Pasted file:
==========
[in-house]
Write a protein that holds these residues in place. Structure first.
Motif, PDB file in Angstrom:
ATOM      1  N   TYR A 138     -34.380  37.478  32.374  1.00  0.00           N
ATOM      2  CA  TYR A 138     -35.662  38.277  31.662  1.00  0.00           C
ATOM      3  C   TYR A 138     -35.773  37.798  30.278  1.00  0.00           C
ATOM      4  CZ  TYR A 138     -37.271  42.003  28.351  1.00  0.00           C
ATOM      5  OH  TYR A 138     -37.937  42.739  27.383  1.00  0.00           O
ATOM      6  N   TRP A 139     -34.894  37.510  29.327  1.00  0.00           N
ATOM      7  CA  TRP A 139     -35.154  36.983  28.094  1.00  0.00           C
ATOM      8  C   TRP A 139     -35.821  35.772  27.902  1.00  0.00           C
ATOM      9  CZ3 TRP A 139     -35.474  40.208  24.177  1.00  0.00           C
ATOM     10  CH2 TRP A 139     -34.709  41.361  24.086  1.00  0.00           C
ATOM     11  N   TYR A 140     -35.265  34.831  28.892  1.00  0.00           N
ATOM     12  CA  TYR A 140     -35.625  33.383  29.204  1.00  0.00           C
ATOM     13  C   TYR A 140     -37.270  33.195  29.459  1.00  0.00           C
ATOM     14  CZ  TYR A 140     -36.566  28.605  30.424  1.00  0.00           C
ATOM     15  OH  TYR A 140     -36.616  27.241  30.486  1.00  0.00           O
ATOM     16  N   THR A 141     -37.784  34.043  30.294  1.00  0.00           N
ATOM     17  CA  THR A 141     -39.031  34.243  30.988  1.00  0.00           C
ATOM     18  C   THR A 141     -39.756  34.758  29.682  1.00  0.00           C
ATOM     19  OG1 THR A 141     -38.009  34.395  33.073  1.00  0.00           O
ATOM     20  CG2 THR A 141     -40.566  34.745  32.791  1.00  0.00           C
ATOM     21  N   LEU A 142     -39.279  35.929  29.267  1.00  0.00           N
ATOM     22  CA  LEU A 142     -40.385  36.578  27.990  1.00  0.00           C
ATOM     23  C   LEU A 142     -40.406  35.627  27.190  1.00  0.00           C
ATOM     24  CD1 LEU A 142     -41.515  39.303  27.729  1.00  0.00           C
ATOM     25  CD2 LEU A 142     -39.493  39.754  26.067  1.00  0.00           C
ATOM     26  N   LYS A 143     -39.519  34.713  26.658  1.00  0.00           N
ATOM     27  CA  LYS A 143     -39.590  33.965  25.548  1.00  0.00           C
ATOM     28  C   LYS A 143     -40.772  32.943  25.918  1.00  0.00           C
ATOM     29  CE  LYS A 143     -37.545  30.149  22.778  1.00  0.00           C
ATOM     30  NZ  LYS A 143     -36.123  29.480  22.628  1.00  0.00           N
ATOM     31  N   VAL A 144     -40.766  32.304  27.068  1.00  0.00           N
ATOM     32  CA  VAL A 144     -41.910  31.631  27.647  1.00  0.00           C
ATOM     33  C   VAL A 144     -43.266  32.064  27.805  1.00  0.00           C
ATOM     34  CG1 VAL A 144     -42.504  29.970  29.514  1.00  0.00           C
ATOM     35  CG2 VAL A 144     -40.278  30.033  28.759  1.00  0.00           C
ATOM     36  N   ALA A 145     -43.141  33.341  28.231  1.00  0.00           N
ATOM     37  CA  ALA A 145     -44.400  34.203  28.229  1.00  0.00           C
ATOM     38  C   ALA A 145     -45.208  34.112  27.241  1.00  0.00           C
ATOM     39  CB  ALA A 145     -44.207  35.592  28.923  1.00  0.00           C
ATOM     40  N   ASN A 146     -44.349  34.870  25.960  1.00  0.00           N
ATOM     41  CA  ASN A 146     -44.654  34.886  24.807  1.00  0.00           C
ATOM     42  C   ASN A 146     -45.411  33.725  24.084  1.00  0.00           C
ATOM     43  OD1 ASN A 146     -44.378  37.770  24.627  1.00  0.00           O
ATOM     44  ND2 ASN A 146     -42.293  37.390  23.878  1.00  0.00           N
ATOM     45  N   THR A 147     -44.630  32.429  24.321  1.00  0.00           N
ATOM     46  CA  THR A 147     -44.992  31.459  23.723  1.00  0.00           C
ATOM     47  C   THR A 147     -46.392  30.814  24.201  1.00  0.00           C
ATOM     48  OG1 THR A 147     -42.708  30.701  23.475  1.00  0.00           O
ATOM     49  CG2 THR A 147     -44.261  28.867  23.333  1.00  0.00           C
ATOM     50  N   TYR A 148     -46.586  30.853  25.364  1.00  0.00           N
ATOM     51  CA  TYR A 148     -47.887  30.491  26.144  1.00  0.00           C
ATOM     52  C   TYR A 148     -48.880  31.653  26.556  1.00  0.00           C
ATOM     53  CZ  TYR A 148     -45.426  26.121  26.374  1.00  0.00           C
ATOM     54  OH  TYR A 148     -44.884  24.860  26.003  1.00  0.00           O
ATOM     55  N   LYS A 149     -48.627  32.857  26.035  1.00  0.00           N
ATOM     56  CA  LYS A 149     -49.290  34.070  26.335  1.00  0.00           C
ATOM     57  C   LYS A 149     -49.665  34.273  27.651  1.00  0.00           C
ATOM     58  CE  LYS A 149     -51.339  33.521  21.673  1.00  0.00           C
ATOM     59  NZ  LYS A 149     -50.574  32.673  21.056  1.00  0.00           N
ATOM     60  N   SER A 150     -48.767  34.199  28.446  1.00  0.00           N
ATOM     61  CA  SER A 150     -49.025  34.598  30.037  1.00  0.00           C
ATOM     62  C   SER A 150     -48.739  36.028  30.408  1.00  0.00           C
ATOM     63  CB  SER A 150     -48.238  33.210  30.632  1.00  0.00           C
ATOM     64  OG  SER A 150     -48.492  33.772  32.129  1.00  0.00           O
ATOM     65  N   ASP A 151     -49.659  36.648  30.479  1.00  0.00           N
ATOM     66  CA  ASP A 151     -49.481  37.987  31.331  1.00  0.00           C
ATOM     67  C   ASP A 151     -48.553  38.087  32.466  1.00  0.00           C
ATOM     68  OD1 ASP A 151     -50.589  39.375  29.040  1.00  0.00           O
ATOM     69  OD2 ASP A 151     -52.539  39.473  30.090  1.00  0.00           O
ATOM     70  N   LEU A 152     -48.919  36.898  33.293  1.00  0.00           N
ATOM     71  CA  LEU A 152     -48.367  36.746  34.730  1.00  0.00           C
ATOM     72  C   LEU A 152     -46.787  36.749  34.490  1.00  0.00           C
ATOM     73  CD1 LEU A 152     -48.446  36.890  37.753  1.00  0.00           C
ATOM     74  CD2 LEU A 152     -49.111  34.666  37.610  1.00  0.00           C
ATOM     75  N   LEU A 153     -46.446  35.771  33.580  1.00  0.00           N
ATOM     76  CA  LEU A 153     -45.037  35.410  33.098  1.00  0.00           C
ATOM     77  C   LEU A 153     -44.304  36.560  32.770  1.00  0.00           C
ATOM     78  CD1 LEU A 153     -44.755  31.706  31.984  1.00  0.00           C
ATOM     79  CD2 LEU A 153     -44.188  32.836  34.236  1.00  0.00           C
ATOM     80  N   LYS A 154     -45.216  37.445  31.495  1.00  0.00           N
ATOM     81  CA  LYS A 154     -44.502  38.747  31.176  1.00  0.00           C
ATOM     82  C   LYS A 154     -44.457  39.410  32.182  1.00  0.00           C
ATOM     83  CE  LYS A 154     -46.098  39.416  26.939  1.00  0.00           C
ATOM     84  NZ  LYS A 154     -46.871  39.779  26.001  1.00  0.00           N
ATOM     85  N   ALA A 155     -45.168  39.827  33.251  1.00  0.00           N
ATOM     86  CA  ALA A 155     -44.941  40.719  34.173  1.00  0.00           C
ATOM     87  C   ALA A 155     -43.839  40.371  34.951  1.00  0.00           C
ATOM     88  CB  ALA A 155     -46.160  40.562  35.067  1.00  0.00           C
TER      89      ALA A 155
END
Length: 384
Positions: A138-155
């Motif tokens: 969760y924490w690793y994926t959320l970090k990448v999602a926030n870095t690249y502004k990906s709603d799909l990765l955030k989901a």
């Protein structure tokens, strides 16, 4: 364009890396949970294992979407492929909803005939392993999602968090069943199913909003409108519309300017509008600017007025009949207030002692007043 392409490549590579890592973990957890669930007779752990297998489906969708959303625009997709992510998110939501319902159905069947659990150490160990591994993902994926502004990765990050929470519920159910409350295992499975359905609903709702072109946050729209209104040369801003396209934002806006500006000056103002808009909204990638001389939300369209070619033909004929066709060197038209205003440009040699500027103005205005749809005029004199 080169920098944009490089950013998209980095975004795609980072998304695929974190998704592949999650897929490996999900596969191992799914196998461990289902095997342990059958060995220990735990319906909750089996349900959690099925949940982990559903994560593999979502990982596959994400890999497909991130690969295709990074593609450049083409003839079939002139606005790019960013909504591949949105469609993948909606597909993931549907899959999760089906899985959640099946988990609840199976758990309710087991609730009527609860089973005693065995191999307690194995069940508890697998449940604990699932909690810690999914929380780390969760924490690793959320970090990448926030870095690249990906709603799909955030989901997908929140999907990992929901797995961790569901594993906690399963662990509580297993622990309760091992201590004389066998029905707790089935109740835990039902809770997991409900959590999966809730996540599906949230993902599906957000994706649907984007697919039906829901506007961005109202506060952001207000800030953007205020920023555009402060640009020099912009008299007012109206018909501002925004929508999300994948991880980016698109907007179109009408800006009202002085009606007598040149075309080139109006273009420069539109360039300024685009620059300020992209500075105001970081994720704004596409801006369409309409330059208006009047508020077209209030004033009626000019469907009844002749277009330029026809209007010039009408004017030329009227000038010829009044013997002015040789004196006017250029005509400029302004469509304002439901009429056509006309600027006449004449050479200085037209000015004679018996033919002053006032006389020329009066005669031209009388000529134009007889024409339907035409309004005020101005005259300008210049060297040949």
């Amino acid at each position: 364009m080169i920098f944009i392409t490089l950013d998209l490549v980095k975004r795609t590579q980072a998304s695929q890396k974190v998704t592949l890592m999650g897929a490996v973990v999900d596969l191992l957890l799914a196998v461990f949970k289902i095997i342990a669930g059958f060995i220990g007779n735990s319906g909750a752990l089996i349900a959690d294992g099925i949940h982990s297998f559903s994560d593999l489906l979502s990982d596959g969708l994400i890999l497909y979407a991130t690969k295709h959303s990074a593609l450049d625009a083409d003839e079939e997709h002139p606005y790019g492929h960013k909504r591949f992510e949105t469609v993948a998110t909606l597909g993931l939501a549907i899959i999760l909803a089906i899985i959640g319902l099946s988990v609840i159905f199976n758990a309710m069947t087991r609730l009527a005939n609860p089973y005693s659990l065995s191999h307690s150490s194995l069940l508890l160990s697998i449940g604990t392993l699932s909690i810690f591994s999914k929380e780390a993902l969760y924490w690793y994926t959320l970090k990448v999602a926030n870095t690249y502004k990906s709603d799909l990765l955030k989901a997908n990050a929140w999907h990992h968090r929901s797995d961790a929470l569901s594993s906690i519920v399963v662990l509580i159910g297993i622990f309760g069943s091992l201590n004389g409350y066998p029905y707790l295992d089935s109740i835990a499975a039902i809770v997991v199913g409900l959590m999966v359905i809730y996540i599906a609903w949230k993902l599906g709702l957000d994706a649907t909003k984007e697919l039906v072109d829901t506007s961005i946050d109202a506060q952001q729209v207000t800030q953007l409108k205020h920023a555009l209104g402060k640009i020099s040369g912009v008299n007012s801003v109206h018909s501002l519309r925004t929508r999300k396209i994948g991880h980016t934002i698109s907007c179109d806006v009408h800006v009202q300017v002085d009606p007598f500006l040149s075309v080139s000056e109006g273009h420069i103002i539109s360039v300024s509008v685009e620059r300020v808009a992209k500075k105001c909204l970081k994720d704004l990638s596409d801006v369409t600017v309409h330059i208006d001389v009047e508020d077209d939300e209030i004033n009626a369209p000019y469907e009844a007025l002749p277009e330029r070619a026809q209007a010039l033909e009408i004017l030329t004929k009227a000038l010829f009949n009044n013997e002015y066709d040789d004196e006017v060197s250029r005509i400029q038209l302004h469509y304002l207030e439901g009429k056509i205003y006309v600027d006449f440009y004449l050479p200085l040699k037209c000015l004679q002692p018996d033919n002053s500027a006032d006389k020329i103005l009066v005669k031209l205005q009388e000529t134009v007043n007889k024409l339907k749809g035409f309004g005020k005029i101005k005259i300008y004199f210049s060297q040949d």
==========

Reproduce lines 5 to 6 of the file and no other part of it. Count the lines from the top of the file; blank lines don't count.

ATOM      2  CA  TYR A 138     -35.662  38.277  31.662  1.00  0.00           C
ATOM      3  C   TYR A 138     -35.773  37.798  30.278  1.00  0.00           C